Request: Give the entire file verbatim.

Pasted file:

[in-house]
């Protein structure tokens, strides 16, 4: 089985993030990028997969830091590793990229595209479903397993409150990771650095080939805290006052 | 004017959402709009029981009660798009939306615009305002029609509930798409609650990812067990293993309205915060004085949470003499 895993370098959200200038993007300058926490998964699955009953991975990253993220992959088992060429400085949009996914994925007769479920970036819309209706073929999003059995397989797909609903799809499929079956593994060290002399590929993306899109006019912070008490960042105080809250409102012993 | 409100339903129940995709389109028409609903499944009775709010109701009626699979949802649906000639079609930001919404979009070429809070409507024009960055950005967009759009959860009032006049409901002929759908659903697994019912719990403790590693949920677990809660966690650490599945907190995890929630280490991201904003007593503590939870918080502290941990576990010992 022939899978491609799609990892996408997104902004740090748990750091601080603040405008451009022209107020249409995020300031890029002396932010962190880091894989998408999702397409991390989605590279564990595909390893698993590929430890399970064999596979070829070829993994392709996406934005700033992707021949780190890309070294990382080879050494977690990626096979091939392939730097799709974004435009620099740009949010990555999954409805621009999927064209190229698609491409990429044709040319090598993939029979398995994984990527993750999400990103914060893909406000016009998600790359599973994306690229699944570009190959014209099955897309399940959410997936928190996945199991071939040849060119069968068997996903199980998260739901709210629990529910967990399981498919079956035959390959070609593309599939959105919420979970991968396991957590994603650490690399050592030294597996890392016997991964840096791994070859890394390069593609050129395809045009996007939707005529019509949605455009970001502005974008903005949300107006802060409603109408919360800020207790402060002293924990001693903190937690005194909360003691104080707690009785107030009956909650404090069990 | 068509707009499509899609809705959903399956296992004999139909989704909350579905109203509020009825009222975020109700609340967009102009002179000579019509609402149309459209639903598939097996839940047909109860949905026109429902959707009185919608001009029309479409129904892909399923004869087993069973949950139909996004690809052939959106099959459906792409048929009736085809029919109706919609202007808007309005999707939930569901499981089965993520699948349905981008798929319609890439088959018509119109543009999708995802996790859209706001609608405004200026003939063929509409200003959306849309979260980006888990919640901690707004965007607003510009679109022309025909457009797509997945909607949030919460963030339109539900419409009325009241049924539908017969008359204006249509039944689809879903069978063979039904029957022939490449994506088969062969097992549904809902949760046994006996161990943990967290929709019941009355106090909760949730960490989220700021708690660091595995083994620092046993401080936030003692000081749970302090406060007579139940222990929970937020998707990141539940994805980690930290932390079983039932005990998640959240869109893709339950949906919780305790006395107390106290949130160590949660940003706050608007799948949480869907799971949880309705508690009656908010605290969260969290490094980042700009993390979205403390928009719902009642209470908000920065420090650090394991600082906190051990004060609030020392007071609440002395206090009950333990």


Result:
[in-house]
């Protein structure tokens, strides 16, 4: 089985993030990028997969830091590793990229595209479903397993409150990771650095080939805290006052 | 004017959402709009029981009660798009939306615009305002029609509930798409609650990812067990293993309205915060004085949470003499 895993370098959200200038993007300058926490998964699955009953991975990253993220992959088992060429400085949009996914994925007769479920970036819309209706073929999003059995397989797909609903799809499929079956593994060290002399590929993306899109006019912070008490960042105080809250409102012993 | 409100339903129940995709389109028409609903499944009775709010109701009626699979949802649906000639079609930001919404979009070429809070409507024009960055950005967009759009959860009032006049409901002929759908659903697994019912719990403790590693949920677990809660966690650490599945907190995890929630280490991201904003007593503590939870918080502290941990576990010992 022939899978491609799609990892996408997104902004740090748990750091601080603040405008451009022209107020249409995020300031890029002396932010962190880091894989998408999702397409991390989605590279564990595909390893698993590929430890399970064999596979070829070829993994392709996406934005700033992707021949780190890309070294990382080879050494977690990626096979091939392939730097799709974004435009620099740009949010990555999954409805621009999927064209190229698609491409990429044709040319090598993939029979398995994984990527993750999400990103914060893909406000016009998600790359599973994306690229699944570009190959014209099955897309399940959410997936928190996945199991071939040849060119069968068997996903199980998260739901709210629990529910967990399981498919079956035959390959070609593309599939959105919420979970991968396991957590994603650490690399050592030294597996890392016997991964840096791994070859890394390069593609050129395809045009996007939707005529019509949605455009970001502005974008903005949300107006802060409603109408919360800020207790402060002293924990001693903190937690005194909360003691104080707690009785107030009956909650404090069990 | 068509707009499509899609809705959903399956296992004999139909989704909350579905109203509020009825009222975020109700609340967009102009002179000579019509609402149309459209639903598939097996839940047909109860949905026109429902959707009185919608001009029309479409129904892909399923004869087993069973949950139909996004690809052939959106099959459906792409048929009736085809029919109706919609202007808007309005999707939930569901499981089965993520699948349905981008798929319609890439088959018509119109543009999708995802996790859209706001609608405004200026003939063929509409200003959306849309979260980006888990919640901690707004965007607003510009679109022309025909457009797509997945909607949030919460963030339109539900419409009325009241049924539908017969008359204006249509039944689809879903069978063979039904029957022939490449994506088969062969097992549904809902949760046994006996161990943990967290929709019941009355106090909760949730960490989220700021708690660091595995083994620092046993401080936030003692000081749970302090406060007579139940222990929970937020998707990141539940994805980690930290932390079983039932005990998640959240869109893709339950949906919780305790006395107390106290949130160590949660940003706050608007799948949480869907799971949880309705508690009656908010605290969260969290490094980042700009993390979205403390928009719902009642209470908000920065420090650090394991600082906190051990004060609030020392007071609440002395206090009950333990």